When working with customers on consulting engagements, it is often useful to have the capability to setup and provision test systems, to help accelerate your own learning and understanding of a new product, or work through a problem.

I have a small home lab that I use to support home based services (IoT devices, WiFi), personal projects, and the occasional work thing. In addition, I have a number of Cloud accounts (AWS, Azure, GCP, Packet.net), that I use to support more work focused activities. This flexibility works well, but it does mean I sometimes have a complex arrangement of distributed systems. To help bring some degree of order to the chaos, I use DNS zones, and delegate subdomains out to each cloud provider. This provides a standards based, well understood, and easy to manage approach to addressing each system, without the burden of running an end-to-end DNS solution. The following diagram describes this setup.

DNS2

Here's how I do it, using AWS and Azure as an example.


NOTE
As always, this works for me, YMMV. It may not be the best idea, and there may be a much better approach out there, but for my simple brain it makes my life easier. Use or don't at your own risk.


Pre-Reqs

First off, you're going to need a proper, bought and paid for, domain name. eg eti.io, google.com my-awesome-site.com, whatever. Go buy one from any of the usual suspects, GoDaddy, domains.google, Fasthosts, etc.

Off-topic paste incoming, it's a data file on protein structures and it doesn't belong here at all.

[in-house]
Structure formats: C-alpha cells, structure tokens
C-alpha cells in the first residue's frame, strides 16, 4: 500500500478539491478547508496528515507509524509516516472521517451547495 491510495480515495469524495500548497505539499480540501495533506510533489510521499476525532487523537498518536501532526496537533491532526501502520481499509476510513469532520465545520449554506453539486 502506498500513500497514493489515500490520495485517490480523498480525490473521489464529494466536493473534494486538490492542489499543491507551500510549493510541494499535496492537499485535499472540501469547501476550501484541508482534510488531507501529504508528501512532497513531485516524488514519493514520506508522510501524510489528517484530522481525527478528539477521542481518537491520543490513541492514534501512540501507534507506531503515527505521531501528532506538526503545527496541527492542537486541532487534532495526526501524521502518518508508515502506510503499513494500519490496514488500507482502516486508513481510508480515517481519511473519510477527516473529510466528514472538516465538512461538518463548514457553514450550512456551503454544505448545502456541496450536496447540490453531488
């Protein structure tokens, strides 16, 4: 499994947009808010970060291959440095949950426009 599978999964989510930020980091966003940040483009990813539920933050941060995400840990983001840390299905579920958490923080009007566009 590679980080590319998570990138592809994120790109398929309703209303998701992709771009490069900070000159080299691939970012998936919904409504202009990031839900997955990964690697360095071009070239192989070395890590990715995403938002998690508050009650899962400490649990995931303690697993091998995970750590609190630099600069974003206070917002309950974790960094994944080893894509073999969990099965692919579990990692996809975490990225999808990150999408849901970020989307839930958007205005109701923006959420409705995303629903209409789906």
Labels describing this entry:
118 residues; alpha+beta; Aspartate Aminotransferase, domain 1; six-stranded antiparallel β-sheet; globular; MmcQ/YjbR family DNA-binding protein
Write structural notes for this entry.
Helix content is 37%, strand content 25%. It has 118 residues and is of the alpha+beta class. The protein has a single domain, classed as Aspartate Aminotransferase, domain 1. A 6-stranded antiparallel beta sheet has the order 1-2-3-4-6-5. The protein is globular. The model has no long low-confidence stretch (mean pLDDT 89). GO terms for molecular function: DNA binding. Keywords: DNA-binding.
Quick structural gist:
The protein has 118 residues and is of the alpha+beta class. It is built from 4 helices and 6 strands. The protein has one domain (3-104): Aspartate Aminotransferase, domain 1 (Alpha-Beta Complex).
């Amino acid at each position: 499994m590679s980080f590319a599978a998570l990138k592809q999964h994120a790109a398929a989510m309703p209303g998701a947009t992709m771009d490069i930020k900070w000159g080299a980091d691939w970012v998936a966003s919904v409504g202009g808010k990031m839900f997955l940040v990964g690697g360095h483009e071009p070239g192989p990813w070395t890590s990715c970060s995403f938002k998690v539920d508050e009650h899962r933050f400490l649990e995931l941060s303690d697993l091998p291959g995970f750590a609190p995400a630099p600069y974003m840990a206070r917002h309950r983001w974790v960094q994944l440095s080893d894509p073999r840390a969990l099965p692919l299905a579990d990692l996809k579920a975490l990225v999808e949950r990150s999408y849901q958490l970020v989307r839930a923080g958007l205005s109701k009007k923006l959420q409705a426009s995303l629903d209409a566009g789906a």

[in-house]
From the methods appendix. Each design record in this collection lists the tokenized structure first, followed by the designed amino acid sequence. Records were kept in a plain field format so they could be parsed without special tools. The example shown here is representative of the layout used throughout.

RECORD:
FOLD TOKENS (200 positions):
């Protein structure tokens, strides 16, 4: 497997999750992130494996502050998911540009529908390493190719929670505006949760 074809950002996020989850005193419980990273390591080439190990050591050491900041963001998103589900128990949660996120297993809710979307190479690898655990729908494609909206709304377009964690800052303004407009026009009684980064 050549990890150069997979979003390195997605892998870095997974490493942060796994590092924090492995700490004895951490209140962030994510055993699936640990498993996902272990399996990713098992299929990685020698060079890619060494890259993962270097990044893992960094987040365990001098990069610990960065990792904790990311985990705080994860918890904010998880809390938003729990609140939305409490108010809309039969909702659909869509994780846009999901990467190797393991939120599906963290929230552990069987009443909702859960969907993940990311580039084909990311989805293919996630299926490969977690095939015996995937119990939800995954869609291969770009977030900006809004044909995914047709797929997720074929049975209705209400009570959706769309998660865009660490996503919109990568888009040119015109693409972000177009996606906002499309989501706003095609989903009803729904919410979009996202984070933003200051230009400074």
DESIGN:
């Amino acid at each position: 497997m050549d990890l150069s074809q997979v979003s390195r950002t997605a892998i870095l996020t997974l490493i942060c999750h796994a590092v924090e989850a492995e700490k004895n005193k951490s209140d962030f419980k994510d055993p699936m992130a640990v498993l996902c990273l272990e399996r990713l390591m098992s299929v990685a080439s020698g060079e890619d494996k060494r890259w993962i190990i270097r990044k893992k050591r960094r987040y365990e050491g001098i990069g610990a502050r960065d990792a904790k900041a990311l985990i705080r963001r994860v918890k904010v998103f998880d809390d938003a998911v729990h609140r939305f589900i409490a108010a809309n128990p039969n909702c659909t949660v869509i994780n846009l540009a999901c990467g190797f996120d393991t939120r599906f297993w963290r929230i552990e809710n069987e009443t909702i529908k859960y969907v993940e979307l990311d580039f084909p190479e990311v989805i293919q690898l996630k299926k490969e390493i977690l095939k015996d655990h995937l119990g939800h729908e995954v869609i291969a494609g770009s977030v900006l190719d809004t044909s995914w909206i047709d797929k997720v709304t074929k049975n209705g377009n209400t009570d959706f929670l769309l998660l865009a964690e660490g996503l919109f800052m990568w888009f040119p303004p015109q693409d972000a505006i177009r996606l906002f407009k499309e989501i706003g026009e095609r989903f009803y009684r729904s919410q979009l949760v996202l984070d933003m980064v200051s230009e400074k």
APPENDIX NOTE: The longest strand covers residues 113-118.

As I use AWS for a lot of the above hackery, I was super lazy and simply bought one from within the Route53 console. My domain is portalvein.io.

Presuming you have the same use case as me, you'll need your Cloud Provider credentials. Be aware that just like any cloud service, using the DNS services costs cash, but it is pennies per record, so shouldn't be too harmful to your wallet.

Root Domain

In whatever tool manages your root domain (AWS Route53 here), take a look in the Hosted Zone for your chosen domain. In my example, this is portalvein.io and the hosted zone was auto-created by the AWS Registrar. (Hosted Zone is AWS terminology, and hence other providers may use an different term for the same thing. Azure calls these DNS Zones).

aws_hosted_zone_01

Inside the hosted zone, you'll see the usual domain anchors, with a Start of Authority (SOA) and Name Server (NS) record.

aws_hosted_zone_02

Create Delegated SubDomain (AWS)

I'm going to delegate a subdomain ether.portalvein.io to a different AWS account (my work one).

Login and navigate to the AWS Route53 console.

Create a hosted zone that reflects your delegated subdomain. If you've not created a subdomain for your domain before, AWS will need to confirm you own your top level domain.

aws_create_ether_zone

Once created, take a look at the zone. Once again, you should see the standard domain anchors of SOA and NS.

aws_ether_hosted_zone_01

Make a note of the NS record entries, as we'll need these to add a NS record within our Top Level Domain to handle the delegation.

Create NS Record for AWS SubDomain